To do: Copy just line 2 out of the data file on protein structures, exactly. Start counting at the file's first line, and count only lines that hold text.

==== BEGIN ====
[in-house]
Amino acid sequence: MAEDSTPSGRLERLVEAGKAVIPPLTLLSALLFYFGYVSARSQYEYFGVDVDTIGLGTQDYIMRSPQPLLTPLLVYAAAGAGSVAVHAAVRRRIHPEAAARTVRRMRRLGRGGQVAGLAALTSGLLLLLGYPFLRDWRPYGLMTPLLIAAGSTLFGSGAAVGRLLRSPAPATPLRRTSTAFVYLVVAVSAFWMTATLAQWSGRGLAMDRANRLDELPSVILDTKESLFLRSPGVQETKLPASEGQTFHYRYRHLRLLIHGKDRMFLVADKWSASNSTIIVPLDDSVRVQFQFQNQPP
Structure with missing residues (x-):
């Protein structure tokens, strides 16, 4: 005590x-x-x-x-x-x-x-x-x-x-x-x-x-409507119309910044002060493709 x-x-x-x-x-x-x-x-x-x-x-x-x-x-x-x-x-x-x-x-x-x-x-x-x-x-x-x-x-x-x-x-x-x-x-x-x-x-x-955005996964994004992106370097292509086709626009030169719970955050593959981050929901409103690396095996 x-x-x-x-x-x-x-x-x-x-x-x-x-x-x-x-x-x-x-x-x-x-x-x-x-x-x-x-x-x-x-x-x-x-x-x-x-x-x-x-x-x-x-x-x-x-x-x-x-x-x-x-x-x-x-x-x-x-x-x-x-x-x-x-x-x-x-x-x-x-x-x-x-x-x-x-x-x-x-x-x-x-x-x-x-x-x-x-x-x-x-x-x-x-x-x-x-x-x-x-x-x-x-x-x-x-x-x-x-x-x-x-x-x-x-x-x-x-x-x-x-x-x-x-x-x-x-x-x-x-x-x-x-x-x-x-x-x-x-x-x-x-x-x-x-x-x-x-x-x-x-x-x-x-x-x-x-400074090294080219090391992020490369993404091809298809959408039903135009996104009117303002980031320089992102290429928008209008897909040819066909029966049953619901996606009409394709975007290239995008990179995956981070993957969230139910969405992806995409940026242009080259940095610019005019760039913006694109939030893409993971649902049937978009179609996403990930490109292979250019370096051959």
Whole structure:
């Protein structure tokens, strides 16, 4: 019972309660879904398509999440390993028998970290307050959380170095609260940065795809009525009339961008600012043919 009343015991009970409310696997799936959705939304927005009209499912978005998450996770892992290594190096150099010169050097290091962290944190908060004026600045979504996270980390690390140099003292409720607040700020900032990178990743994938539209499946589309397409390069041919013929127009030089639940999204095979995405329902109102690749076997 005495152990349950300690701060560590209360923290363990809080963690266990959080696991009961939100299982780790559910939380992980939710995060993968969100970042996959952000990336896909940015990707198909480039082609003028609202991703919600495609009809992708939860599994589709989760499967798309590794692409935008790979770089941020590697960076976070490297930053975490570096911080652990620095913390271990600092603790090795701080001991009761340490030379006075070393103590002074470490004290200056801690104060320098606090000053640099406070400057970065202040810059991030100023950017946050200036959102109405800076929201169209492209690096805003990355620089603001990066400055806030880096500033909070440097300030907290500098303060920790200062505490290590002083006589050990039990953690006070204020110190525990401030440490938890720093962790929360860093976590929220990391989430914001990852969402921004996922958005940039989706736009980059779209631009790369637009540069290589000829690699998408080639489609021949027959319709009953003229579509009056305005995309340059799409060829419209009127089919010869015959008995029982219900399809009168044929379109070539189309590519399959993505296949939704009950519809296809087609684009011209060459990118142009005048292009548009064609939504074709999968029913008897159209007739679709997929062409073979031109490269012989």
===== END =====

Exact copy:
Amino acid sequence: MAEDSTPSGRLERLVEAGKAVIPPLTLLSALLFYFGYVSARSQYEYFGVDVDTIGLGTQDYIMRSPQPLLTPLLVYAAAGAGSVAVHAAVRRRIHPEAAARTVRRMRRLGRGGQVAGLAALTSGLLLLLGYPFLRDWRPYGLMTPLLIAAGSTLFGSGAAVGRLLRSPAPATPLRRTSTAFVYLVVAVSAFWMTATLAQWSGRGLAMDRANRLDELPSVILDTKESLFLRSPGVQETKLPASEGQTFHYRYRHLRLLIHGKDRMFLVADKWSASNSTIIVPLDDSVRVQFQFQNQPP